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1.
Article in English | WPRIM | ID: wpr-880534

ABSTRACT

OBJECTIVE@#To investigate the evolution of herbal medicine in treating tuberculosis (TB) and encourage anti-TB drug discovery and development.@*METHODS@#In this study, 477 ancient traditional Chinese medicine formulae were collected from the Dictionary of Traditional Chinese Medicine Prescriptions and 172 modern Chinese medicine formulae (from 1986 to 2016) were collected by searching 4 databases: WanFang Data Knowledge Service Platform, China National Knowledge Infrastructure Database (CNKI), China Science and Technology Journal Database (VIP) and Chinese Bio-medical Literature and Retrieval System (SinoMed) in Chinese. We restricted the search to publications in Chinese. Further data analysis was done using the Traditional Chinese Medicine Inheritance Support System version 2 Software.@*RESULTS@#There were 425 herbs in the 477 ancient formulae and 257 herbs in the 172 modern formulae. Half of the top 30 herbs were shared by both modern and ancient prescriptions. They are Radix Ophiopogonis, Astragalus membranaceus, Fritillaria cirrhosa, Dried rehmannia glutinosa, Poria cocos, Angelica sinensis, Prepared rehmannia glutinosa, Platycodon Root, Radix paeoniae alba, Schisandra chinensis, Bighead atractylodes rhizome, Rhizoma anemarrhenae, Cortex lycii radicis and Radix Scutellariae. Only two groups of herbs with a high correlation coefficient were found in both modern and ancient prescriptions, the Dried rehmannia glutinosa with Radix ophiopogonis, and Radix ophiopogonis with Prepared rehmannia glutinosa. There were 9 and 15 core herb combinations in modern and ancient prescriptions, respectively, but no one was found simutaniously in both modern and ancient prescriptions.@*CONCLUSIONS@#Although there were wide variations in the herb groups and herb combinations in the formulae, half of the top 30 herbs were found in both modern and ancient prescriptions. The core herb combinations in modern and ancient prescriptions could help us to improve the priscription for treatment of TB.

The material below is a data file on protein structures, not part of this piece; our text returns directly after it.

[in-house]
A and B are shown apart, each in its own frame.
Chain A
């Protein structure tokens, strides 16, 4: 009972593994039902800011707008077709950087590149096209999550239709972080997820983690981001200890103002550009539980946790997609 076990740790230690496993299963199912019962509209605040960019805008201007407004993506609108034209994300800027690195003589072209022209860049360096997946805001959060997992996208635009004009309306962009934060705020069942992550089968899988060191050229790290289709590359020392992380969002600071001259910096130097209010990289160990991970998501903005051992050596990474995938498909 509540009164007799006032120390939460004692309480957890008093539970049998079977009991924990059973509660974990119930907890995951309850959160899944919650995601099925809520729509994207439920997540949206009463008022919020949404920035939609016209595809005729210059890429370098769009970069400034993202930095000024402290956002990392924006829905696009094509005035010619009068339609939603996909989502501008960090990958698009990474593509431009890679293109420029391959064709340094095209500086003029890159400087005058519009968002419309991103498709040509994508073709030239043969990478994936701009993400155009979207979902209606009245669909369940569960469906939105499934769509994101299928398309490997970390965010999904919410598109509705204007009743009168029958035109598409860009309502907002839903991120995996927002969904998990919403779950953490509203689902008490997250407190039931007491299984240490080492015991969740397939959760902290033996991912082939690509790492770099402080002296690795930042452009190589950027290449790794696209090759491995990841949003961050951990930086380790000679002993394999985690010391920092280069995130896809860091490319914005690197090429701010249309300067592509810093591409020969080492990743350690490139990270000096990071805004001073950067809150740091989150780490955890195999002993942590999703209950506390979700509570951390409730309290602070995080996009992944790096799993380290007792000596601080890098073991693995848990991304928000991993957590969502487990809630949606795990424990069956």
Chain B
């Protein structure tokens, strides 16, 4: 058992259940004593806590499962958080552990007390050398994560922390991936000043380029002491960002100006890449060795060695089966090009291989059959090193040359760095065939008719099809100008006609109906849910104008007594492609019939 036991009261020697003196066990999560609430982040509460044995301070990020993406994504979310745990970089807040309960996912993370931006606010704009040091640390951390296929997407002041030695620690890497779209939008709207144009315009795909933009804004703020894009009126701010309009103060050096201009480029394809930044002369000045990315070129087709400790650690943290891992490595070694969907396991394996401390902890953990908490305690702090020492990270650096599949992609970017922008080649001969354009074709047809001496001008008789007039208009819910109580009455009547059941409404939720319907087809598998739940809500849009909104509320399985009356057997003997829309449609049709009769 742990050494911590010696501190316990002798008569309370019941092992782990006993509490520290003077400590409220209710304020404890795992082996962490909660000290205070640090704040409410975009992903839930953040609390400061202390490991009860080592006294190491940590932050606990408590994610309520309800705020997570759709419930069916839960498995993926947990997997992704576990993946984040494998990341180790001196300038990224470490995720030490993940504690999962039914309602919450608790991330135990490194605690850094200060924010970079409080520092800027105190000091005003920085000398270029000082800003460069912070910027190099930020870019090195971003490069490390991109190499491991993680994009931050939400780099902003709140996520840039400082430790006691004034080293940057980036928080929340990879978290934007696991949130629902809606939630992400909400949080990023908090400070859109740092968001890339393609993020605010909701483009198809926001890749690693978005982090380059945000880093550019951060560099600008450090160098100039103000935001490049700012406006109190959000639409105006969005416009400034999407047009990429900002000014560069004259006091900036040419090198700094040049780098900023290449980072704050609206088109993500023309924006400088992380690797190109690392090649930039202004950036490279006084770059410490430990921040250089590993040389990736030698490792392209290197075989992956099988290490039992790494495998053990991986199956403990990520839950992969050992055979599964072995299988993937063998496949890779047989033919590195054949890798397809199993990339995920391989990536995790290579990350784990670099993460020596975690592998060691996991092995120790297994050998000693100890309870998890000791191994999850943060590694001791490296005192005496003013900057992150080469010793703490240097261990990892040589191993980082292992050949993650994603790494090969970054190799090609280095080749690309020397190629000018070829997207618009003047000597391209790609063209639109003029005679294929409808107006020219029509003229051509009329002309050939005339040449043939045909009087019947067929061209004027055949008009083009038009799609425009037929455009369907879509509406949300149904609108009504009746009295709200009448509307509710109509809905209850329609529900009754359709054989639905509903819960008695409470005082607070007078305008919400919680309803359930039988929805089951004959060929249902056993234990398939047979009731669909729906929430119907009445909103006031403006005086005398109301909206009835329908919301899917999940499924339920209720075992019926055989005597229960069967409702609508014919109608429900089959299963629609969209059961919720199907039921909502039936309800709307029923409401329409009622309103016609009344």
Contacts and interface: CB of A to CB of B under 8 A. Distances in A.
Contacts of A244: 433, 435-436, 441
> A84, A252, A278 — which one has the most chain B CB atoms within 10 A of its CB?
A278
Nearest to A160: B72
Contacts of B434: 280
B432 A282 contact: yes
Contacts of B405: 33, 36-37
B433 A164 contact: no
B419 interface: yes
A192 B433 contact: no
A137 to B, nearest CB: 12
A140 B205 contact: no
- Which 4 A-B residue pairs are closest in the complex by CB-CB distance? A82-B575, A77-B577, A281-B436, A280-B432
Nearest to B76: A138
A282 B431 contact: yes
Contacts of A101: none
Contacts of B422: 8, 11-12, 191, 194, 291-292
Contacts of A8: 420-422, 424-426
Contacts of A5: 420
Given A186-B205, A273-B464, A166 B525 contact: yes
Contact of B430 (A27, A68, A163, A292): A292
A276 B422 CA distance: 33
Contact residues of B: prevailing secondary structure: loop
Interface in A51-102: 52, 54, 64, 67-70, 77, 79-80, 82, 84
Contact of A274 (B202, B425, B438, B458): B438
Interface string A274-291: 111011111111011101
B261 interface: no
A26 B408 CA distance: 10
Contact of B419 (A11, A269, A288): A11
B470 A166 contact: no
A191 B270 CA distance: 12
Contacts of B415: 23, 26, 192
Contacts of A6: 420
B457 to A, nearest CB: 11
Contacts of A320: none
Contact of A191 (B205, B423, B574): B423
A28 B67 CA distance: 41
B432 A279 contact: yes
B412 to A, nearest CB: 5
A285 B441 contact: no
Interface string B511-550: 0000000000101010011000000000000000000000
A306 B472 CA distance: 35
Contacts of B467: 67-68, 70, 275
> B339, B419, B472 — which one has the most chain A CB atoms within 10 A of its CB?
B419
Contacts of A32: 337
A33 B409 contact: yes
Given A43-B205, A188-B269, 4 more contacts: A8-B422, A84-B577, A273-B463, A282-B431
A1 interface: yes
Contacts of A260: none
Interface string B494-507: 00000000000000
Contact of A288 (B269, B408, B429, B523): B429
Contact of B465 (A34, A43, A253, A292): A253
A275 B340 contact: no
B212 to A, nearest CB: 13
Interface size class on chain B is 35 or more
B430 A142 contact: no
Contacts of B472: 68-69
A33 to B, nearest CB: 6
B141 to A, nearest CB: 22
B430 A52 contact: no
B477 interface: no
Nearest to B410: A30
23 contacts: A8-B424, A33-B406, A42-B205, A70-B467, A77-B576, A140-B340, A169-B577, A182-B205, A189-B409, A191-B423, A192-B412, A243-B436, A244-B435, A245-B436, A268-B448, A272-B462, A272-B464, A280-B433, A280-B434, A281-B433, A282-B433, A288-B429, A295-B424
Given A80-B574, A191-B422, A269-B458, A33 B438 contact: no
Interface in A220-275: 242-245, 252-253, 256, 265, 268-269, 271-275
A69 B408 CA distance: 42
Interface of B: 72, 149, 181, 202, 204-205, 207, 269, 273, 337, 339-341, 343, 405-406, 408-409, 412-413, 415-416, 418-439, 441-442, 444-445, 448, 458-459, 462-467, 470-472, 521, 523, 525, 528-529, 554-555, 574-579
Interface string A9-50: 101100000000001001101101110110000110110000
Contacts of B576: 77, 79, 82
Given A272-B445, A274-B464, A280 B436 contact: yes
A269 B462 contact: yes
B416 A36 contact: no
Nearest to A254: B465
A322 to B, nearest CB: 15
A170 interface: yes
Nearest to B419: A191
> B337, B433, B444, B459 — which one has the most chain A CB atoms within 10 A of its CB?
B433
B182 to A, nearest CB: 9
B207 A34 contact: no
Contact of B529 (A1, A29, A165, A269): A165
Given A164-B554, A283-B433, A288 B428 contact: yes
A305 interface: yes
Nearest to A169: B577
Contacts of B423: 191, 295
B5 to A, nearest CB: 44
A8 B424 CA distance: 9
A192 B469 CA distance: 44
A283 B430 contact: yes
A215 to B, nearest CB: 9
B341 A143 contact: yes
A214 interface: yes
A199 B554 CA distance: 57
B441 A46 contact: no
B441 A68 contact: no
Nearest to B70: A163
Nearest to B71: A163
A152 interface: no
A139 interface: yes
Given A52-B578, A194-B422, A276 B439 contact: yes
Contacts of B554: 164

2.
Chinese Medical Journal ; (24): 4066-4071, 2013.
Article in English | WPRIM | ID: wpr-236104

ABSTRACT

<p><b>BACKGROUND</b>Currently, migration has become one of the risk factors of high burden of tuberculosis in China. This study was to explore the influence of mass migration on the dynamics of Mycobacterium (M.) tuberculosis in Beijing, the capital and an urban area of China.</p><p><b>METHODS</b>Three hundred and thirty-six M. tuberculosis strains from the Changping district, where the problem of urban migrants was more pronounced than in other Beijing regions, were genotyped by Spoligotyping, large sequence polymorphisms (LSPs 105 and 181), and variable number tandem repeat (VNTR) typing. Based on the genotype data, the phylogeny of the isolates was studied.</p><p><b>RESULTS</b>In Changping district, the proportion of Beijing lineage M. tuberculosis isolates amounted to 89.0% (299/336), among which 86.6 % (252) belonged to the modern lineage. The frequency of modern Beijing lineage strains is so high (around 75% (252/336)) that associated risk factors affecting the tuberculosis epidemic cannot be determined. The time to the most recent common ancestor (TMRCA) of the Beijing lineage strains was estimated to be 5073 (95% CI: 4000-6200) years. There was no significant difference in the genetic variation of Beijing isolates from urban migrants and local residents.</p><p><b>CONCLUSIONS</b>The clone of modern Beijing lineage M. tuberculosis, which is dominant in the Beijing area, most likely started to expand with the five thousand-year-old Chinese civilization. In the future, with the urbanization in the whole of China, modern Beijing lineage M. tuberculosis may gain the larger geographical spread.</p>


Subject(s)
China , Genetics, Population , Genotype , Humans , Mycobacterium tuberculosis , Classification , Genetics , Phylogeny , Transients and Migrants
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